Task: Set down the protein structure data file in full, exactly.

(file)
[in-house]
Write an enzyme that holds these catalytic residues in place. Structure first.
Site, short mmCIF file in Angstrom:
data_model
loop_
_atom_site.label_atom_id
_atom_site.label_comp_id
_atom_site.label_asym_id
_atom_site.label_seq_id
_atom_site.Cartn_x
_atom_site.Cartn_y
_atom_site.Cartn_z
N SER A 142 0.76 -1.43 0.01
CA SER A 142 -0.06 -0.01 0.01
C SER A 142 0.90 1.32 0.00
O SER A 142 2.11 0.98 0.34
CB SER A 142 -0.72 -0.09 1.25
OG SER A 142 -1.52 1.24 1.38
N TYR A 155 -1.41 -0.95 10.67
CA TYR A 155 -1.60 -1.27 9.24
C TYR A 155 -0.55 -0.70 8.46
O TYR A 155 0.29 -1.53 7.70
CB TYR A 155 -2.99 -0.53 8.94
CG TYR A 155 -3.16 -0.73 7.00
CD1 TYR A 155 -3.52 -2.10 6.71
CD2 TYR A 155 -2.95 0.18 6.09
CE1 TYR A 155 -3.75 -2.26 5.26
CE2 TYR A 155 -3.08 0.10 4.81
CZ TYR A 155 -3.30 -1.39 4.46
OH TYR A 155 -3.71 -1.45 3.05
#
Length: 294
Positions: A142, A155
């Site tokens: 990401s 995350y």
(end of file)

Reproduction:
[in-house]
Write an enzyme that holds these catalytic residues in place. Structure first.
Site, short mmCIF file in Angstrom:
data_model
loop_
_atom_site.label_atom_id
_atom_site.label_comp_id
_atom_site.label_asym_id
_atom_site.label_seq_id
_atom_site.Cartn_x
_atom_site.Cartn_y
_atom_site.Cartn_z
N SER A 142 0.76 -1.43 0.01
CA SER A 142 -0.06 -0.01 0.01
C SER A 142 0.90 1.32 0.00
O SER A 142 2.11 0.98 0.34
CB SER A 142 -0.72 -0.09 1.25
OG SER A 142 -1.52 1.24 1.38
N TYR A 155 -1.41 -0.95 10.67
CA TYR A 155 -1.60 -1.27 9.24
C TYR A 155 -0.55 -0.70 8.46
O TYR A 155 0.29 -1.53 7.70
CB TYR A 155 -2.99 -0.53 8.94
CG TYR A 155 -3.16 -0.73 7.00
CD1 TYR A 155 -3.52 -2.10 6.71
CD2 TYR A 155 -2.95 0.18 6.09
CE1 TYR A 155 -3.75 -2.26 5.26
CE2 TYR A 155 -3.08 0.10 4.81
CZ TYR A 155 -3.30 -1.39 4.46
OH TYR A 155 -3.71 -1.45 3.05
#
Length: 294
Positions: A142, A155
């Site tokens: 990401s 995350y």